Back in January, when I was writing about going “too deep” when researching for fiction, I referenced Wikiwandering, a term so new I’m still having to explain it to a rough fifty percent of the people I talk to about it.
Wikiwandering or Wikiwalking is what happens when you access an informational website and, during the course of researching one thing, end up researching multiple others when you follow links in the text. It’s not confined to Wikipedia; it is infamously associated with TVTropes, where most people, once linked, can get lost for hours. It also surfaces frequently when using sites like Cracked, full of informational lists.
I decided I wanted to do a piece on Wikiwalking, which would ironically involve a lot of research. But it turns out very little has been written about it, or at least, very little that I could find.
What I was looking for in specific was a psychological or biological (or both) theory as to why we do it — why we find new information linked from known information almost irresistible. My own personal theory was that it had to do with acquiring new data; evolutionarily speaking that’s quite a good thing, and now more than ever we are socialised to want data.
I thought it might relate to the idea of uncovering secrets; when you see a link in an informational article, you don’t know what the link means, so clicking it gives you a sense of unveiling and discovery (this is worse in TV Tropes because the links usually have funny but not informative names). Really, discovering a secret and acquiring new data are very similar, however, and neither is necessarily an explanation. Why do we want to know secrets? Why do we want to learn so badly?
When I opened the floor for discussion on tumblr, I got some interesting suggestions. Some thought that perhaps the compulsion is linked to “continuity of definiton” — that the links answer questions which arise in the course of reading — or to tailored learning, because you control precisely what information you access, and that control is particularly easy to exert on heavily crosslinked sites. “Reward schedules” were also suggested: “Wiki gives you something of interest (a reward) just often enough, with just unpredictable enough of a schedule to increase reward seeking behavior.” But why do we consider new knowledge a reward?
Storytelling is a very low-risk way of providing/acquiring new data, as I’ve discussed, and while you may learn more by “doing”, the ratio of payoff to risk in “other people doing” is much lower. I’ve never seen much written on how to make nonfiction interesting, but most people are aware that conveying data in an entertaining fashion is more likely to keep people engaged. Sites like Groupon and Woot make “interesting” copy their stock in trade, occasionally to the point of obscuring actual necessary data (a complaint I will make in detail at some future point, probably).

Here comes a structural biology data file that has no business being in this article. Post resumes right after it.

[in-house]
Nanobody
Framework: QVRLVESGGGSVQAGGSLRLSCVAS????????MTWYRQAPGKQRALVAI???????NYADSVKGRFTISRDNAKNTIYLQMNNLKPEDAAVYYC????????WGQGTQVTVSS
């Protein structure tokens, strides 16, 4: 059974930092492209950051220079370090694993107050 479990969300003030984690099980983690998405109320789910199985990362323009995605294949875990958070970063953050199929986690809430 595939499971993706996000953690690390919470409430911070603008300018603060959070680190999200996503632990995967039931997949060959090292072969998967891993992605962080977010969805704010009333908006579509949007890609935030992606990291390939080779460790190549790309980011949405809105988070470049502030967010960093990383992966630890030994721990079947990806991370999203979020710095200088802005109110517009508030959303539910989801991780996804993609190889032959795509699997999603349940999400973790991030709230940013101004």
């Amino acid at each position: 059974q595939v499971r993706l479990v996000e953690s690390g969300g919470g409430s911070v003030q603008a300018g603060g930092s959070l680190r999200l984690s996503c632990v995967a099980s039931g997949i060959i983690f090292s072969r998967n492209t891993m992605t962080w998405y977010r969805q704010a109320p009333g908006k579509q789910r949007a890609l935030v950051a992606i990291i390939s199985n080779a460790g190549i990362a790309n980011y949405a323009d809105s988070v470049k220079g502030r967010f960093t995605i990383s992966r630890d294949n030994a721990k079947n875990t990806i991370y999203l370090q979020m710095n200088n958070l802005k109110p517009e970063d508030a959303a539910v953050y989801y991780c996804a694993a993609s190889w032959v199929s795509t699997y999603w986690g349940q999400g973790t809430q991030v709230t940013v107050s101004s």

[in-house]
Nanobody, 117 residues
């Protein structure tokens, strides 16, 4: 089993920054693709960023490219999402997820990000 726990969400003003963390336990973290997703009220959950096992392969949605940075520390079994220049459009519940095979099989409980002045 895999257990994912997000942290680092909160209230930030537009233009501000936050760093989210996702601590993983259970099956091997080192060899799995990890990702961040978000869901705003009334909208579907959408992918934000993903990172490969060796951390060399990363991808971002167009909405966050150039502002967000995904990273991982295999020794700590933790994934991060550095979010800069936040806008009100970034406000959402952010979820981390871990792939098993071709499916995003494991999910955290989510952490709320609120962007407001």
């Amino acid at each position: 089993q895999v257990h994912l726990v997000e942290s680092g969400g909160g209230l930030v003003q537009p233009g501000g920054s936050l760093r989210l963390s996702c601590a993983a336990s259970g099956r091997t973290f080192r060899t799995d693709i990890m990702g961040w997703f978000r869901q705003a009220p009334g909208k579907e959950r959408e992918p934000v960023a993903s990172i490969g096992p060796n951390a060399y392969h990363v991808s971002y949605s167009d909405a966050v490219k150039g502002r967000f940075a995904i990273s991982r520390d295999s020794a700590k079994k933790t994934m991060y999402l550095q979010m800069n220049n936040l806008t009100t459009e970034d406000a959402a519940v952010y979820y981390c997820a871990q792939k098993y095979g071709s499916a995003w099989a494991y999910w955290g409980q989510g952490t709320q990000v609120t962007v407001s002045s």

So it seems as though it may be as simple as the human instinct to gain new knowledge, facilitated by an easy interconnected structure (and, in the case of TV Tropes, encouraged by a certain level of “secret keeping” in the form of obscurely-titled links).
I have a secondary theory, however.
It arises from some self-analysis done by TV Tropes, because it is such an addictive site; they’ve adopted the term “Browser Narcotic” to describe “Any website that results in you opening a dozen tabs in a single session and using up hours of your time”. The term comes from the alt text of an XKCD comic on the topic:
The key word here, I think, is narcotic.
A narcotic is an addictive drug, of course, but it’s also a self-medication, a soothing device (“Narcotic” in particular is clinically defined as a sedative compound). When I looked up WikiWander in a google search and got connected to a perhaps less than scientific definition I found what I think is another indicator: “Not only do you learn a lot, but it motivates you to do lots of things on a boring day.”
No it doesn’t. Wikiwalking teaches you a lot, but you don’t actually do lots of things. You do one thing: you learn.
But it feels like doing lots of things, which is the crux of the matter. When you research via Wikiwalk, you feel like you’re getting a lot accomplished because your brain is very active. You’re not “doing” a lot but you are “acting” a lot — opening browser windows, closing browser windows, switching back and forth between different kinds of learning as you move through different subjects. And who doesn’t feel a little ping of satisfaction when they can close a browser window, having wrung every ounce of knowledge from it?
“Browser narcotic” websites are self-medication — they make us feel accomplished even as we do very little. Part of that is undoubtedly because of all the learning, but I think part of it is because our brains are lighting up without us having to move around a lot.
I’m not saying this is a bad thing. God knows, everyone needs a little self-medication now and again. And soothing through learning is a very low-risk, high-yield form of “wasting” time. But I’m satisfied with the thesis that browser narcotics are so addictive because they provide a sense of accomplishment and increased knowledge attached to an extremely low-expenditure, low-risk activity.
Evolutionarily, we were made for Wikiwalking.